[00:14:17] Um, testimonials. Some guy just came out with a book because he got a letter from the Federal Trade Commission that his testimonials were not compliant. Well, yeah, they're after years of telling people to, uh, what to do on on testimonials. The Federal Trade Commission, I guess, is finally taking some action. So you got to learn the Federal Trade Commission rules on testimonials and make sure you're compliant. And then when I get through all of that stuff. Right. Uh, then I. Well, one thing I tell people is these, these home pages that are just, you know, ten miles long and have everything which an uninformed website owner thinks. Oh, that's the cool way to do things now. Well, it might be cool, but it's not helping you at all being found. In fact, it's hurting you because your site does not look substantial. Another thing that all the search engines look at is the overall number of pages that you have to see that you have substantial numbers of pages that are different. You know, they'll look at your title tags and make sure the pages are different and they give good quality content. And so if you dump it all on one long page, you're never going to see the light of day. You know, it's just the that's why I own the the website domain name killyourwebdesigner.com. I should have developed it years ago, because I've had hundreds and hundreds of horror stories of web designers making things look cool and you're all impressed and showing your friends, but nobody else on earth is ever going to find it because of the way it was constructed.

[00:16:02] Say so. Don't do that. So after I get done with all that stuff, then I switch to a cell phone and look at your site on a cell phone and a tablet and you say, oh my God, it looked great on the on this giant monitor of mine, but I can't even read it on a cell phone. Now, here's your test on a cell phone, because your your themes of your website should be what we call responsive. That means they they adjust, uh, automatically for cell phones and tablets. Okay. So if, if you want to find out is my thing responsive, open it up on your phone. And if you have to squinch with your fingers, you know, to make it bigger to read, it ain't responsive. You know, you're you're really looking bad because over half for years, over half of websites stuff is done on cell phones and tablets. So you look terrible to people and it might look so beautiful on your giant 27 inch monitor. But guess what? You look stupid to the rest of the world. So you got to get responsive themes. All right, so I promise. So if you do even half of that stuff, you're going to improve the heck out of your website. Remember I'll do it for you for 497 bucks and I'll have that's just the front end stuff.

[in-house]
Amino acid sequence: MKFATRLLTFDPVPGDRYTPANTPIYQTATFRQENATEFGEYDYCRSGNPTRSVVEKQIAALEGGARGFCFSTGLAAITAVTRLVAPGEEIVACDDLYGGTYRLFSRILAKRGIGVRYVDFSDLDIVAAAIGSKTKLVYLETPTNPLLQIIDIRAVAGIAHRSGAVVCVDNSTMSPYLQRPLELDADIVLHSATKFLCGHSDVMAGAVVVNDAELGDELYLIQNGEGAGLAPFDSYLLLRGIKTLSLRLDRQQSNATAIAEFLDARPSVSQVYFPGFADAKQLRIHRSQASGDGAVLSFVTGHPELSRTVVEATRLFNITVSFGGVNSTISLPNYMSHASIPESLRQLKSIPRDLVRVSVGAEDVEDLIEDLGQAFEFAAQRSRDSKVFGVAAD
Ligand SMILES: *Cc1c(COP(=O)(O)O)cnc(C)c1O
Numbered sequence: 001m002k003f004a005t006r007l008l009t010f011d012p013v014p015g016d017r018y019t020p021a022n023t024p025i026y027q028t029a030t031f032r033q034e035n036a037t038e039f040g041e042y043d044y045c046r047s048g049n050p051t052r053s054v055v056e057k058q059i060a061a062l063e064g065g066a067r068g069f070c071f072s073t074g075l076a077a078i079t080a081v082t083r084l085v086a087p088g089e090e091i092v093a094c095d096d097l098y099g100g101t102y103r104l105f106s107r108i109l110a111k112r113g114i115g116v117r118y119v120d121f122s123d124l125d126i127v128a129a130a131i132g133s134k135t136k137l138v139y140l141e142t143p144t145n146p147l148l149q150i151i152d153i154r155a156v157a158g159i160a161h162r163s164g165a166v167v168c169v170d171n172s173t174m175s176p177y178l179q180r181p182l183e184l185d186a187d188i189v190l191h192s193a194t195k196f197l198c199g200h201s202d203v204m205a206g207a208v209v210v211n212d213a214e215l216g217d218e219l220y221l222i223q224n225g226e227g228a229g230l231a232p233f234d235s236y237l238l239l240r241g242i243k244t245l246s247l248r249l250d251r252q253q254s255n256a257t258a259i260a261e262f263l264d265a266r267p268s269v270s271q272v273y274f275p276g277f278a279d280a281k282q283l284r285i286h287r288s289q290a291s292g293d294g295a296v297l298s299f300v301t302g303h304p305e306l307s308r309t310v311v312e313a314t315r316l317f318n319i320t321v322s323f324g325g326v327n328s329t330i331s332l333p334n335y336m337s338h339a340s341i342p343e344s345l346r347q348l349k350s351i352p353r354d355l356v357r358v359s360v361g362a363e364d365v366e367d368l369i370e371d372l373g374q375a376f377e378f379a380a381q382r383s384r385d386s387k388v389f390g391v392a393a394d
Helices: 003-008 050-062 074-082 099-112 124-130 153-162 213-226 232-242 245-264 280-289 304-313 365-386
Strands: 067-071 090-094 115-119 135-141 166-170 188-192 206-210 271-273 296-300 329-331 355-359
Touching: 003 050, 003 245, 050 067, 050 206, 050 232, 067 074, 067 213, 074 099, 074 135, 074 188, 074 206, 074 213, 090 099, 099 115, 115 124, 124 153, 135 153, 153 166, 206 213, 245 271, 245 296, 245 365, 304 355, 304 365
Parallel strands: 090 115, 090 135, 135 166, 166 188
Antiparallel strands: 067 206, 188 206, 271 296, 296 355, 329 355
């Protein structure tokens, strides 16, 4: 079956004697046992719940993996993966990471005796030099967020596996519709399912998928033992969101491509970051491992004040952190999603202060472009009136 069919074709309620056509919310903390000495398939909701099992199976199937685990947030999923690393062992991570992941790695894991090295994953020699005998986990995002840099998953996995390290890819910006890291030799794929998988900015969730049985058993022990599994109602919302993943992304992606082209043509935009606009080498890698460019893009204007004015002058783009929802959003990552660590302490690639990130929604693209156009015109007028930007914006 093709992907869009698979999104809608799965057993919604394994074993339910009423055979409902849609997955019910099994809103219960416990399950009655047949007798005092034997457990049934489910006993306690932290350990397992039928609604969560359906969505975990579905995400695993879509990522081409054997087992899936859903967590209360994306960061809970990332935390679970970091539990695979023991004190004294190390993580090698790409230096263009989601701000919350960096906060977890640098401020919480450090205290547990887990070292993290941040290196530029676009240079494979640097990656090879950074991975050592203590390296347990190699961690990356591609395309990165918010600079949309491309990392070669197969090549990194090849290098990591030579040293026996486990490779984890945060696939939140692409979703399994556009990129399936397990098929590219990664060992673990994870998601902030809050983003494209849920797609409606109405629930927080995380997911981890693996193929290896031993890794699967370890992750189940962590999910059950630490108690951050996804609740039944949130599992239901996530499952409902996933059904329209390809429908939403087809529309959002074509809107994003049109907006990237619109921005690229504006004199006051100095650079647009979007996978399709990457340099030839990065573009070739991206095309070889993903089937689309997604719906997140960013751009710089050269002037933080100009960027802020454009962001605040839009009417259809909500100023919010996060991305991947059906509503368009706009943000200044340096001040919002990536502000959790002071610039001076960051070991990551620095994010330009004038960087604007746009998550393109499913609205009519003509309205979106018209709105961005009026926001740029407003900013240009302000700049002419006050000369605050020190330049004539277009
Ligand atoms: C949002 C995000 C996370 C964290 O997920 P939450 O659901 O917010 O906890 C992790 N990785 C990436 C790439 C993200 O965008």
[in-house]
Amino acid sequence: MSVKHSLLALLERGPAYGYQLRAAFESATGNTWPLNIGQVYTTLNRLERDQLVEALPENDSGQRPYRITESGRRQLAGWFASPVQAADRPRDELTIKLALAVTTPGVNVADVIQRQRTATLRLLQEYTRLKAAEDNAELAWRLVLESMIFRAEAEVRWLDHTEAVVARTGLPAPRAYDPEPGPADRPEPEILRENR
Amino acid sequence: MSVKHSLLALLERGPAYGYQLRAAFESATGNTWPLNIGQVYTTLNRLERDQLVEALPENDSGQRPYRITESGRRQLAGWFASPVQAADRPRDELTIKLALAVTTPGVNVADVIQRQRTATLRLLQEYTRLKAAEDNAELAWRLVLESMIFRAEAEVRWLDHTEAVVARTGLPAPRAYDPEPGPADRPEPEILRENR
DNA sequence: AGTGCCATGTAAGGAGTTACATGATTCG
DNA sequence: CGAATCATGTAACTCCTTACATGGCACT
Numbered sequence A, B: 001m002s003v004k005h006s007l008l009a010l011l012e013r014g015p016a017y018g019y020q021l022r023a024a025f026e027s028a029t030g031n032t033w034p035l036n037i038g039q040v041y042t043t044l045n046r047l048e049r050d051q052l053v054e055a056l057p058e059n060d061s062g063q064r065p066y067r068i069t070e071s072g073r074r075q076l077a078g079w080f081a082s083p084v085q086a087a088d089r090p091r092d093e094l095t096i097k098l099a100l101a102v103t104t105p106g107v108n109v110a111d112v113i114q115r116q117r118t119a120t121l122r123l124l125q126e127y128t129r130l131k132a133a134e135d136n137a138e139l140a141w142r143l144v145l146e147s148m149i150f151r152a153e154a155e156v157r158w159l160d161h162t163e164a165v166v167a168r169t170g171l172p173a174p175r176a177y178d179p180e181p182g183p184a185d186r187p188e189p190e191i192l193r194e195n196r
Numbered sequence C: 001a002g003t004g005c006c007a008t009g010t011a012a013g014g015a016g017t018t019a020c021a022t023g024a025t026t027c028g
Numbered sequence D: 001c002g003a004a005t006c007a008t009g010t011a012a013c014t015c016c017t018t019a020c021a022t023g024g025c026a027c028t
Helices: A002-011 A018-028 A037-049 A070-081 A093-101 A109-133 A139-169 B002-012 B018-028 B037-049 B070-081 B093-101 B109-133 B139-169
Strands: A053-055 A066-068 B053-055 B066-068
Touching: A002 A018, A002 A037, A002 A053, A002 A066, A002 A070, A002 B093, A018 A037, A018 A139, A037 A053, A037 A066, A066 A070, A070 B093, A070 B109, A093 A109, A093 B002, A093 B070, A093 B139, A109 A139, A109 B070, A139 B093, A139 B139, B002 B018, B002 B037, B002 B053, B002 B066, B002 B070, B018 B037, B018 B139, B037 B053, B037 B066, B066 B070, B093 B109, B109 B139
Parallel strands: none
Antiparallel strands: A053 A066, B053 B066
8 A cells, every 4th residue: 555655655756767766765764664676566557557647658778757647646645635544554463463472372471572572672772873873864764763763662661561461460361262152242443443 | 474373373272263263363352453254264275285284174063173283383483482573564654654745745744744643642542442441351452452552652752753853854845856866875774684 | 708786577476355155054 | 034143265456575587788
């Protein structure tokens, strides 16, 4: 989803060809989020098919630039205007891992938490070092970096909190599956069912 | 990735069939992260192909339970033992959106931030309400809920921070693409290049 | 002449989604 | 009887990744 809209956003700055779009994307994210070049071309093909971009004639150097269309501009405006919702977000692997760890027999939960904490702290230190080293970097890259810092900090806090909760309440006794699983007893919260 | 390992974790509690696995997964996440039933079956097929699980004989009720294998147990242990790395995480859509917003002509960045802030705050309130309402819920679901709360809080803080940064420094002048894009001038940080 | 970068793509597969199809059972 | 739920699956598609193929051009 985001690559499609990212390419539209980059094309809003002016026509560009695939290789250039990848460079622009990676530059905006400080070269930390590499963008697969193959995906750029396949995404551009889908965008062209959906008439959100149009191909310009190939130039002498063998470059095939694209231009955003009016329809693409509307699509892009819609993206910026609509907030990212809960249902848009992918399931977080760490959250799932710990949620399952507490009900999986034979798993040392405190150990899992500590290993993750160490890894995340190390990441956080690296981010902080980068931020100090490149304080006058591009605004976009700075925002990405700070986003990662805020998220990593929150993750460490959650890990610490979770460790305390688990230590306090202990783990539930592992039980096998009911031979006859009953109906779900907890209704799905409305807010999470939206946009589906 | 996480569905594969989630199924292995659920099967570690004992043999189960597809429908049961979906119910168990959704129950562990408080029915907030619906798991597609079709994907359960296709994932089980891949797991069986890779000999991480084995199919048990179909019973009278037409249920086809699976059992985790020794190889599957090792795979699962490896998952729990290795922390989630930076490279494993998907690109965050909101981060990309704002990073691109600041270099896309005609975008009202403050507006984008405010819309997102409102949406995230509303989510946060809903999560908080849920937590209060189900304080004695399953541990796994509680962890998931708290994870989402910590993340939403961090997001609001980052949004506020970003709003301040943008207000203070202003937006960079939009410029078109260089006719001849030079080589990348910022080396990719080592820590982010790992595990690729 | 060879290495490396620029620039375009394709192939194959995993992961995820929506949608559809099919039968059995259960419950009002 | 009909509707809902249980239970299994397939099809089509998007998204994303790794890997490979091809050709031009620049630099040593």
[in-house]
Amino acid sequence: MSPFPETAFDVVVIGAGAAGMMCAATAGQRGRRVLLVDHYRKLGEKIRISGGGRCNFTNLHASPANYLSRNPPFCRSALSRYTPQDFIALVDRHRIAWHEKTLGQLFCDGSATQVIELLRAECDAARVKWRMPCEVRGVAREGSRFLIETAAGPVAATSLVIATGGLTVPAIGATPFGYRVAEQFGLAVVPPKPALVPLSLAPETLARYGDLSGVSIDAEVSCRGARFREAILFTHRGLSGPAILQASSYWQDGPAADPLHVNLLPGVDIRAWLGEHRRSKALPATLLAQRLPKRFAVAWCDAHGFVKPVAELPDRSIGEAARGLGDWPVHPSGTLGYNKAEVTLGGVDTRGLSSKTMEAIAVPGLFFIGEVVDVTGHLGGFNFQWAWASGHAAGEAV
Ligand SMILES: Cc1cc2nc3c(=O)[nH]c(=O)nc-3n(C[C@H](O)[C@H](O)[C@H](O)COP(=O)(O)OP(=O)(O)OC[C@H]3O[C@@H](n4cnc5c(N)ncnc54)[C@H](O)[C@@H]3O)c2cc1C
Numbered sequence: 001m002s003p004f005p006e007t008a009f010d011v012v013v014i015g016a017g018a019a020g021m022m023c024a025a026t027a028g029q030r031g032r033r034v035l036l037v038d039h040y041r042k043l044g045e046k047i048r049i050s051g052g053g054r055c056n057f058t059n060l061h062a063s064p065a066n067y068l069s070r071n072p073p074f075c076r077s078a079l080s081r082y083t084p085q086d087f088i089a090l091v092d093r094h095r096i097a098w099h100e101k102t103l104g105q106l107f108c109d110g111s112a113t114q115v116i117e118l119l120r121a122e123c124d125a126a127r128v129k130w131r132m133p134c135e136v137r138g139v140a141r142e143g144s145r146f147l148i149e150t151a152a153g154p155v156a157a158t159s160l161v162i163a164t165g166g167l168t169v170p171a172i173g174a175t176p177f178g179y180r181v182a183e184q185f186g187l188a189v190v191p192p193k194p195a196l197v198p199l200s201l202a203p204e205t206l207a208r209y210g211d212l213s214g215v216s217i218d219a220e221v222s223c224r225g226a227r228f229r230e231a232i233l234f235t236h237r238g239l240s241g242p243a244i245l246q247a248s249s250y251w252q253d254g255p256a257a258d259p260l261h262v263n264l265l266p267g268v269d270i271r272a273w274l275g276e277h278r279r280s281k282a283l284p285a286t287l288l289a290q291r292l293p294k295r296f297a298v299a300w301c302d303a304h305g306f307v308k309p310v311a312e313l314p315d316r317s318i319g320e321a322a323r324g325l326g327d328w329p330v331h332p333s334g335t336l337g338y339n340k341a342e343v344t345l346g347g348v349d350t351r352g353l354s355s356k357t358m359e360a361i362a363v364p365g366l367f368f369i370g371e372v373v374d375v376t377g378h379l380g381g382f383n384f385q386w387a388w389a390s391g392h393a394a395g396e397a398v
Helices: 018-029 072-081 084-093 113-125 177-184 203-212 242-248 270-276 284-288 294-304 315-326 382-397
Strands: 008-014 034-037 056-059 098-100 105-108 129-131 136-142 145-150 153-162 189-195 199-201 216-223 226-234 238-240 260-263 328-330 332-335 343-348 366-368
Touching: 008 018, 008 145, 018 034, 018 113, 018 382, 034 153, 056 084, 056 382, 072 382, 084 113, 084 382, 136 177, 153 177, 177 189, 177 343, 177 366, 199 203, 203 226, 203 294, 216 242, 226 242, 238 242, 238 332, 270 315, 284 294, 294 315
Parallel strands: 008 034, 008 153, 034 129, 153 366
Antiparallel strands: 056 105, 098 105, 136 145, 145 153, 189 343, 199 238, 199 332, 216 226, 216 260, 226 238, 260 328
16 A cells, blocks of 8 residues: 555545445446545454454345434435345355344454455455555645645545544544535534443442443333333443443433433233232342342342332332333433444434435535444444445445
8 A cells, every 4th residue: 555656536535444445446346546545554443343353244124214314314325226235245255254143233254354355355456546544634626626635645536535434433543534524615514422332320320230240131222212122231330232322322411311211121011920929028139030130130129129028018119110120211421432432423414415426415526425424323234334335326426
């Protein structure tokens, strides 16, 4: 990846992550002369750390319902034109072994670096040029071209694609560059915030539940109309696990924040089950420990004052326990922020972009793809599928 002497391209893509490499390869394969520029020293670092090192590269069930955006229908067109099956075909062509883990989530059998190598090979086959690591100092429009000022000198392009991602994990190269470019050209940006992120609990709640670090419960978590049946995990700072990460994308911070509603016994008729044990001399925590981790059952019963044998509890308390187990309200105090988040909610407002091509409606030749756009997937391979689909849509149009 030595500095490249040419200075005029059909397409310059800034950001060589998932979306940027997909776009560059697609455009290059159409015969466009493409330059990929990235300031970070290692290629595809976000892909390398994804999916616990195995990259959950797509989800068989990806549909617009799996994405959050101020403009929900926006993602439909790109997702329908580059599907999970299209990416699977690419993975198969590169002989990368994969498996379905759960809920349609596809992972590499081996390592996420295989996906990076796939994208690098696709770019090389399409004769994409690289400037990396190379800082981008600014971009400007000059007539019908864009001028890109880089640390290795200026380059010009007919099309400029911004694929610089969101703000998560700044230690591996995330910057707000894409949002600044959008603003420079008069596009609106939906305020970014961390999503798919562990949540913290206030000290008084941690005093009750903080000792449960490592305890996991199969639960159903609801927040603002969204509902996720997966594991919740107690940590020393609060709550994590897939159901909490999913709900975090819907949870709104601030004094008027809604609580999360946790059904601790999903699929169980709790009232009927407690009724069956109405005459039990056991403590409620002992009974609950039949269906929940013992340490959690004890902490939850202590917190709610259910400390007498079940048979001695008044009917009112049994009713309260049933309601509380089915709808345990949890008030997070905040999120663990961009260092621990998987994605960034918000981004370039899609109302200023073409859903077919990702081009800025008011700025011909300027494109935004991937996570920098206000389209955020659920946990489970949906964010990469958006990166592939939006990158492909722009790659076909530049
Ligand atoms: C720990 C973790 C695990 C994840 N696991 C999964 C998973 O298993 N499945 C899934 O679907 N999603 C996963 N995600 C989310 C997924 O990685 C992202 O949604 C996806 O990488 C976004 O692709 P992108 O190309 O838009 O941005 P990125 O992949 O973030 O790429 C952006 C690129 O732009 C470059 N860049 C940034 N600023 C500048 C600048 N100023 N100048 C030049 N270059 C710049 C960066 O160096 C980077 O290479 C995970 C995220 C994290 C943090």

[00:17:28] My, uh, if you use my service, I have my tech guy look at the back end of your website to see how screwed up it is back there. You can't believe the things these web people do to you. And you have no idea. See, they they know you don't know what you're doing. Many of them don't know what they're doing. They just can make it look pretty. But that could kill you with being hacked and looking stupid and security vulnerabilities. Even you don't even recognize slow loading. All of these things, these bloated codes they put in there. See, so we also do that for you too. I do the front end and the tech guy does the back end for 97. Just let me know. Email me if you want it at Tom@screwthecommute.com. All right. So I promised to tell you how to get other people to, uh, to critique your website. See, because like I said, it's really hard to create to critique your own website because you're too close to things. I don't care how good you think you are. If you did all the stuff on here that I just talked about. Yeah, you're probably going to improve your website, but still, you're going to miss things because you're too close to it. So the method I, I it's kind of it's got a little bit of a funny catch to it here, but, uh, I tell people, get a person that knows, you know, they might know you and, and, but they don't really know what you do or know your website or anything like that and get them to come over to your office and put a chair there, give them a tablet and a pencil or pen and tell and get a video camera.

[00:19:14] Uh, and also a baseball bat. All right. So you have them look at your website and try to navigate it and to write down any things they don't understand or what they're trying to accomplish. And they can't do. They can't figure it out where to go. Write it all down. Now, if you get the urge to jump in and point something out to them on how to do it. Grab that baseball bat and hit yourself in the head with it, because you won't be there when they're in the middle of the night trying to get some information from you, and they can't figure it out, and then take their comments and then go back and fix them. Do it again with somebody else, and your website will be way, way, way better and reach your goals with it much faster. All right. That's my story. I'm sticking to it. Go out there and creek your critique your website if you want my help. Tom@screwthecommute.com and greatinternetmarketingtraining.com. That's included in my mentor program. All right, we'll catch you on the next episode. See you later.

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Name: Tom Antion
Group: Antion and Associates
Dateline: Virginia Beach, VA United States
Direct Phone: 757-431-1366
Cell Phone: 301-346-7403